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Towards a Plantation Society

Ch.6 Puerto Rico - A Political and Cultural History
by Yvonne Fortuño on 22 January 2014

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Transcript of Towards a Plantation Society

Plaza de Armas
Tapia Theatre
Increased Agricultural production – Sugar, coffee & tobacco
Somewhat modernized agriculture – distribution of uncultivated lands, larger states divided
Increased World demand – Sugar industry grows
Few shops & factories for local market
Cattle industry favored by Power Act
Maritime trade limited increase
Treasury collects 8 times more but with no situado and helping Spain fight revolutions….
Little improvement in public services.
Little improvement in public administration: nepotism & corruption
Lack of Banking and credit institutions – usury
Significant population increase: from Haiti, Sto. Domingo, Spain, Canary Island, Venezuela and France ( conservatives except the French)
More luxurious life for the wealthy – rural life primitive & uncomfortable
Puerto Rico by 1814:
Ferdinand VII restored absolute monarchy in Spain – Constitution of 1812 eliminated. Diputación Provincial dissolved by Governor in island.
King gives Cédula as a reward & to promote development
Provisions:
15 years: Free trade with Spain in Spanish ships. Trade with friendly nations permitted, in emergencies free with neighboring islands.
Authorized Shipbuilding industry
Immigration of Catholic foreigners from friendly nations – land
Free import of machineries & license to bring slaves
Division of island into 6 districts: San Juan, San Germán, Humacao, Arecibo, Coamo and Aguada.
The Real Cédula de Gracias - 1815
New System of Direct taxation
Abolish indirect taxes and interior customs. Taxes based on agricultural wealth estimated. Paid by all without exceptions – based on income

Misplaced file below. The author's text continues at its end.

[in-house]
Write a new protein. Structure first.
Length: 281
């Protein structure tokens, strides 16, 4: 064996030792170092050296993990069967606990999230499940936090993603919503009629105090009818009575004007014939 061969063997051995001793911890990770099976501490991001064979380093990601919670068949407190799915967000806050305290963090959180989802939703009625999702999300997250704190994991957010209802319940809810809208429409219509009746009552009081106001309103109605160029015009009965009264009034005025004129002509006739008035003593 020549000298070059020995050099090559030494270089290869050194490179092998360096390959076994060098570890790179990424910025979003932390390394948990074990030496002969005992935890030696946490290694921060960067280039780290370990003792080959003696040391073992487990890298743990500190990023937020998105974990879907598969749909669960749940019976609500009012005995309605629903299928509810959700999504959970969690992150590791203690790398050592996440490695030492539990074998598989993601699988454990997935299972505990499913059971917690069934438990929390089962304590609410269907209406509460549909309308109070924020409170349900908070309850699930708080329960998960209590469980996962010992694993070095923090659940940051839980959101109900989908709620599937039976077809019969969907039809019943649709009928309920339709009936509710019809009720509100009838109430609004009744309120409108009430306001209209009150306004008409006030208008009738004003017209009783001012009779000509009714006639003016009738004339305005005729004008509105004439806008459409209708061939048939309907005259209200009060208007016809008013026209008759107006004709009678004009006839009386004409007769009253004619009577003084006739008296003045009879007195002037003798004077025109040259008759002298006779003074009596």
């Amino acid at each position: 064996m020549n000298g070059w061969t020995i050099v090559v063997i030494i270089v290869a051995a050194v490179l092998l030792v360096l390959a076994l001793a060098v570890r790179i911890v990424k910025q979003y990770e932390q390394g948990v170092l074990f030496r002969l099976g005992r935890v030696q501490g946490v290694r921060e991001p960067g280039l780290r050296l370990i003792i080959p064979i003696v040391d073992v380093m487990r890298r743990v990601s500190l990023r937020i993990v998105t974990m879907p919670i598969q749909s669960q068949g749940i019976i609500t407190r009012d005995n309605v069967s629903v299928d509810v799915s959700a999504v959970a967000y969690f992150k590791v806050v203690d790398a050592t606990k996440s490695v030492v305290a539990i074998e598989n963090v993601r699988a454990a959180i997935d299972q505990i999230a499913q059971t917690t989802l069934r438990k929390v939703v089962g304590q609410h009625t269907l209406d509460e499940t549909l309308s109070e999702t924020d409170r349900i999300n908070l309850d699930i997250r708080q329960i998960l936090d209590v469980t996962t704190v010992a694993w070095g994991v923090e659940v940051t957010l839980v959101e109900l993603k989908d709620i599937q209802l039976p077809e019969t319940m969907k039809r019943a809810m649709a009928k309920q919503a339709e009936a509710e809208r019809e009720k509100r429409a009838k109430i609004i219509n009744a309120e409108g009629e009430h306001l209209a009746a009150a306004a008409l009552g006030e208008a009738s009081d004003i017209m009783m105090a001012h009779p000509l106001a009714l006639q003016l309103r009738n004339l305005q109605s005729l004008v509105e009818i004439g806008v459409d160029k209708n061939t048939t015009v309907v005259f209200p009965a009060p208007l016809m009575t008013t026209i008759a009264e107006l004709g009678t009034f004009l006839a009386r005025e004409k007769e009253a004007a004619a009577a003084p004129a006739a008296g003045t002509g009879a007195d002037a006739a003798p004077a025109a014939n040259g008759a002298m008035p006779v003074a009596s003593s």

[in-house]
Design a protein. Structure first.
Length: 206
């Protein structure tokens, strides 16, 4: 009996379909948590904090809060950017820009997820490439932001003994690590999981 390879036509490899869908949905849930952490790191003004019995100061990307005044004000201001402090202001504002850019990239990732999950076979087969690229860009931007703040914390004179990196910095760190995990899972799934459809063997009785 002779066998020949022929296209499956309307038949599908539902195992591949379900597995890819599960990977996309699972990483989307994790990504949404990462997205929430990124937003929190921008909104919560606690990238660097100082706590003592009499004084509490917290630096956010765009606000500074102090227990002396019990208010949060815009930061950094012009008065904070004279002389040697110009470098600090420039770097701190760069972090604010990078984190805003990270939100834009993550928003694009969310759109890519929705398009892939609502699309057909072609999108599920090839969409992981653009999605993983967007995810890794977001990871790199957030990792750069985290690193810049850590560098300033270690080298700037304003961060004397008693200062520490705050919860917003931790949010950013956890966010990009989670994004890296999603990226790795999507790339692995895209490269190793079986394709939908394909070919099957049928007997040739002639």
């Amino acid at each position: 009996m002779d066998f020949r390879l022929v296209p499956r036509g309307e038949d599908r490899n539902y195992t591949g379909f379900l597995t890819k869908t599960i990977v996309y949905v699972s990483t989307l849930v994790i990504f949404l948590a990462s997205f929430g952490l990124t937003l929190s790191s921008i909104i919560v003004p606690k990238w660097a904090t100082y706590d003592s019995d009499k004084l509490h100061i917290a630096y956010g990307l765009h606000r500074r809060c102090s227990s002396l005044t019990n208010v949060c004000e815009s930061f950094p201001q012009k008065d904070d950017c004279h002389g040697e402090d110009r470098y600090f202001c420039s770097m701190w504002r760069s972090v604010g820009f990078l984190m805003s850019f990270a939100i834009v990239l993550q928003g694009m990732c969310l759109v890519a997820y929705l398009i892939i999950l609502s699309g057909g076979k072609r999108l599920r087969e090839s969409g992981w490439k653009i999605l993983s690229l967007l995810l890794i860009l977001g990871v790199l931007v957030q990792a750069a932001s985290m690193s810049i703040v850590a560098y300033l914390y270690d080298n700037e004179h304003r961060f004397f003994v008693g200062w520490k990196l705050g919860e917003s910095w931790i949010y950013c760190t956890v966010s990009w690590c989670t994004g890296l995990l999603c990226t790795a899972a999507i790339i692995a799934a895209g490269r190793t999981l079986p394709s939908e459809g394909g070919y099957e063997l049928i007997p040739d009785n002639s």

New taxes on houses for rent & slaves
Additional taxes to help needy immigrants from Venezuela.
Fiscal Autonomy for Ayuntamientos
Royal Treasury would publish their accounts.
To deal with the crisis of inflation created by the governors introduction of paper currency:
Proposed acceptance of moneda macuquina from Venezuela to fight shortage of metallic currency.
Campaign to restore confidence in paper money in the Diario Económico & pamphlet
Retire paper money gradually - - people could use it to pay taxes & in a Lottery.
By the time he left he had retired it all.
Diario Económico de Puerto Rico - - Second newspaper in the island (La Gaceta Oficial was the first) - restore confidence
Established Sociedad Económica de Amigos del País – Agriculture & Education
Education – courses on geography, commerce & math
Ramírez’ Reforms
What he finds:
Unorganized finances, dependency on situado, governor control
Rudimentary economy without controls
What he wants to do:
Balance the budget & secure the necessary funds
Organize the island’s finances for future development.
Alejandro Ramírez and the Intendency
Public Services:
More public schools
Improve health conditions
Programs for decreasing delinquency – mechanical arts school
Transportation
Economic / Administrative
Creation of “clase de jornaleros” – paid laborers.
Distribution of uncultivated lands
Establishment of “gremios” or craft guilds
Democratic election of representative of judicial system
Abolition of “abasto forzozo” Abolition of taxes on rums
Freedom of trade
Instructions of the Cabildos to Power
A predominant conservative administration
Autocratic governor